The PGA Tour’s playoffs, the FedEx Cup, wrap up next weekend at East Lake Golf Club in Atlanta with the Tour Championship. A cool $10 million grand prize is awarded to the winner of the FedEx Cup, and all 30 players in the field mathematically have a shot at winning the Cup, although, realistically, only a handful do.
Heading into last week’s BMW Championship, I thought the PGA Tour Player of the Year award might also be on the line at the Tour Championship, but Rory McIlroy made that question moot. Red-hot Rory won for the second week in a row and third time in four starts with a two-shot victory over a leaderboard full of golf’s biggest names.
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McIlroy is the fourth player to win back-to-back playoff events and the first player since Tiger Woods in 2009 to win in consecutive weeks on the PGA Tour. McIlroy, who has a Tour-high four wins this year, has a commanding lead in the FedEx Cup points standings. Well, I should say “had” because the points are reset at the Tour Championship, so all 30 players do have a shot to win the Cup. Anyone in the Top 5 in points can clinch the Cup with a victory: Tiger, Nick Watney, Phil Mickelson and Brandt Snedeker round out the Top 5.
Mickelson moved into the Top 5 with a second-place finish at the BMW, knocking Louis Oosthuizen out of one of those coveted top spots. Oosthuizen dropped to No. 6 by finishing 16th at Crooked Stick. Lee Westwood, who tied for second with Lefty, jumped from 23rd to No. 8. The two players who moved into the Top 30 at the BMW were Robert Garrigus (31 to 20) and Ryan Moore (35 to 28). Moore started the playoffs 64th, lower than anyone who qualified for the Tour Championship. Scott Piercy grabbed the 30th and final spot. He started the final round at the BMW projected to be 34th in points but shot a 68 on Sunday. The two guys dropping out of the Top 30 were Kyle Stanley (30 to 31) and defending Tour Championship and FedEx Cup winner Bill Haas (28 to 32).
Believe it or not, this is McIlroy’s first Tour Championship. Three players have won this tournament in their first try: Chad Campbell (2003), Bart Bryant (2005) and Haas last year. Three players have reached the Tour Championship every year since the inception of the playoffs: Mickelson, Steve Stricker and Hunter Mahan. Joining McIlroy as first-timers at East Lake are Oosthuizen, Westwood, Garrigus, John Huh (the lone rookie in the field), Rickie Fowler and Piercy.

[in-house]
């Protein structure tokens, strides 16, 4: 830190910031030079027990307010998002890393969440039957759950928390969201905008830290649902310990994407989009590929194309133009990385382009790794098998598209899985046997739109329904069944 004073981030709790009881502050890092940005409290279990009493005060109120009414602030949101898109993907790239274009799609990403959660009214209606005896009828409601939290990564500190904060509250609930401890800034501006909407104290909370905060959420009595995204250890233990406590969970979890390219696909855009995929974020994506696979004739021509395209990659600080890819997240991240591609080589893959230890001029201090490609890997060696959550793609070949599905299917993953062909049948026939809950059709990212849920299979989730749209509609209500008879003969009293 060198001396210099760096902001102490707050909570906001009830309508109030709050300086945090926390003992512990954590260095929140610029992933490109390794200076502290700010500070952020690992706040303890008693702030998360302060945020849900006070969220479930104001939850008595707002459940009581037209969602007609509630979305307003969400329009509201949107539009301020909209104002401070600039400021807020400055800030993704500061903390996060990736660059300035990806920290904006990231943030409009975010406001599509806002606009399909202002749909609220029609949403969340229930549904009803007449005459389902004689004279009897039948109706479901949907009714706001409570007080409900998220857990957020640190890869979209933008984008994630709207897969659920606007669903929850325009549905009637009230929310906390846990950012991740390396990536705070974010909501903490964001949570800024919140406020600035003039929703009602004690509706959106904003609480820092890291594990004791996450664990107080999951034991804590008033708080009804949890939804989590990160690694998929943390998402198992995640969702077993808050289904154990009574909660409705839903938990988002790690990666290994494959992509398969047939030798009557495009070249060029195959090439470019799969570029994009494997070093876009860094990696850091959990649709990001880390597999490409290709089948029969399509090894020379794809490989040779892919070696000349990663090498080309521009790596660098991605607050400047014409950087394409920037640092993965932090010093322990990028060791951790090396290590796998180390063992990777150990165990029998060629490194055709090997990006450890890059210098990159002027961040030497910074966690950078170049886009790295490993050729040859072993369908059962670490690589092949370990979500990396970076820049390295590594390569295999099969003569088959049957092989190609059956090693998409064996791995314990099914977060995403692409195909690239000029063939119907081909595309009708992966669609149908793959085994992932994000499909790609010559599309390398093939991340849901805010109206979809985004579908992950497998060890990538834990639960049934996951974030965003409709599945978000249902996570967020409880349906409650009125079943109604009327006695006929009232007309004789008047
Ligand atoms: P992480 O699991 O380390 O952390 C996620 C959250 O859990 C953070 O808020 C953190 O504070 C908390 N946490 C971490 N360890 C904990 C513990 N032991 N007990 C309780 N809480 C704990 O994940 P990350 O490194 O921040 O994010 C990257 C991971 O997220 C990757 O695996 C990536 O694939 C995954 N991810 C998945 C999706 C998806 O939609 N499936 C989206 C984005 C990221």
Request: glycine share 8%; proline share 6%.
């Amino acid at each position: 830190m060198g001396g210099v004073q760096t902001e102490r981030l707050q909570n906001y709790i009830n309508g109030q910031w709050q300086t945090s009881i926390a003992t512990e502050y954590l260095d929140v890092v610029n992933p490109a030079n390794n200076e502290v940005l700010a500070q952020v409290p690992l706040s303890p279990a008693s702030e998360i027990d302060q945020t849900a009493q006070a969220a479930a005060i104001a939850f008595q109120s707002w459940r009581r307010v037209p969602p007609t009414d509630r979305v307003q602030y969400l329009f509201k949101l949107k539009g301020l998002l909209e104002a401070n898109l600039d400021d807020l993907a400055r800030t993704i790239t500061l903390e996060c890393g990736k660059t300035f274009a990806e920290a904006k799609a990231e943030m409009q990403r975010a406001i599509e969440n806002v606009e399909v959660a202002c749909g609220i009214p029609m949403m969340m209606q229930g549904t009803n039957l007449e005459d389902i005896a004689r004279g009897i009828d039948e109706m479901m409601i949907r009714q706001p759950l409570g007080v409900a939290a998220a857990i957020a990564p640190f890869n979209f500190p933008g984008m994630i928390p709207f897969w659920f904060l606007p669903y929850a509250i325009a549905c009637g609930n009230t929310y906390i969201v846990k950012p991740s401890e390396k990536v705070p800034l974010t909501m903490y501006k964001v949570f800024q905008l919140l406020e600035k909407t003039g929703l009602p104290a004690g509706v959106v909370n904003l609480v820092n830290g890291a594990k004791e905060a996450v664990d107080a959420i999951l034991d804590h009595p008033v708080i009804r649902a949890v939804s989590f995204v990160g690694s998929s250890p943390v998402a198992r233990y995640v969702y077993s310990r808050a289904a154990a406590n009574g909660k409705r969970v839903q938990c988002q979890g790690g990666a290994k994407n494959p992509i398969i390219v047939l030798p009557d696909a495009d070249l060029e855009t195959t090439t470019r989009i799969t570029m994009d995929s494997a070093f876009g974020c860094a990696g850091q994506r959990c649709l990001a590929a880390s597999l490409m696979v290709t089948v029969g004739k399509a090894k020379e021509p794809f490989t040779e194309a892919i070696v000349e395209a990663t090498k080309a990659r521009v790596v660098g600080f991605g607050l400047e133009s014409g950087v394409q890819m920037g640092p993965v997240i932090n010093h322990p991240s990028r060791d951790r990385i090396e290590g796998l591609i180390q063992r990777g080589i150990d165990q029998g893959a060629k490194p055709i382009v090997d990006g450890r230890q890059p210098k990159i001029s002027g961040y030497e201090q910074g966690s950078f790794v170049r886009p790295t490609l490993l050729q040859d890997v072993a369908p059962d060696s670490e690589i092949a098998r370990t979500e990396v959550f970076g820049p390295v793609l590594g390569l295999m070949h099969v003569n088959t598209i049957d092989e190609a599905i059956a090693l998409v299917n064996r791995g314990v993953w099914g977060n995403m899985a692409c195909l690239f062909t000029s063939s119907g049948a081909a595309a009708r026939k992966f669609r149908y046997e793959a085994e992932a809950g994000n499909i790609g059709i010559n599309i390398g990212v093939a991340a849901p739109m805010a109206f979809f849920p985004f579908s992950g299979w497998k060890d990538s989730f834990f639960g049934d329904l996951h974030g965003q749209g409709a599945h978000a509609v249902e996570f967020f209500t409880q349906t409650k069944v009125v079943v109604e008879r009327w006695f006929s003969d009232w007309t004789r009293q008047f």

PGA Tour Golf Odds: Tour Championship Favorites
McIlroy is the co-favorite with Tiger at 5/1 on Bovada. Obviously, McIlroy will be at a slight disadvantage in not having officially played the course previously. Tiger is in the Tour Championship for the first time since 2009, when he finished runner-up for the fourth time in his career. Tiger won this tournament in 2007 and 1999. As noted, both McIlroy and Tiger will win the FedEx Cup if they take this tournament. McIlroy probably would with a Top-5 finish if no other Top-5 players win. In the same scenario, it would likely take a Top-3 finish for Tiger.
Mickelson is next at 16/1. He won this tournament in 2009 and 2000 and was 10th a year ago. I thought Mickelson’s T4 at the Deutsche Bank Championship was a bit of a fluke, but it appears Mickelson has his game back after the T2 at the BMW. Mickelson can finish as low as fourth and have a mathematical chance of winning if other Top-5 players struggle. A second-place finish would give him a good shot if the three players in the points ahead of him struggle and No. 5 Snedeker doesn’t win.
The Top-5 favorites are rounded out by Adam Scott and Dustin Johnson at 16/1. This is the fourth Tour Championship for Johnson, and he hasn’t finished better than T22. Scott has played six times in this event and won it in 2006. He was T6 last year. Johnson (No. 7 in points) can take the FedEx Cup with a win and McIlroy and Tiger essentially finishing third or worse. Scott (No. 21 in points) needs a victory and major help from the Top 6 in the points standings.
PGA Tour Golf Odds: Tour Championship Predictions
Outside of a win at Pebble Beach in February, it’s been a disappointing season for Mickelson. A victory in Atlanta would certainly cure that and help fill his bank account -- not that it needs anything -- after he was a minority partner in buying the San Diego Padres. And Mickelson has shot just two rounds in the 70s in his past three tournaments. All the talk in golf has been about Rory and Tiger. Lefty changes that and wins his third Tour Championship.
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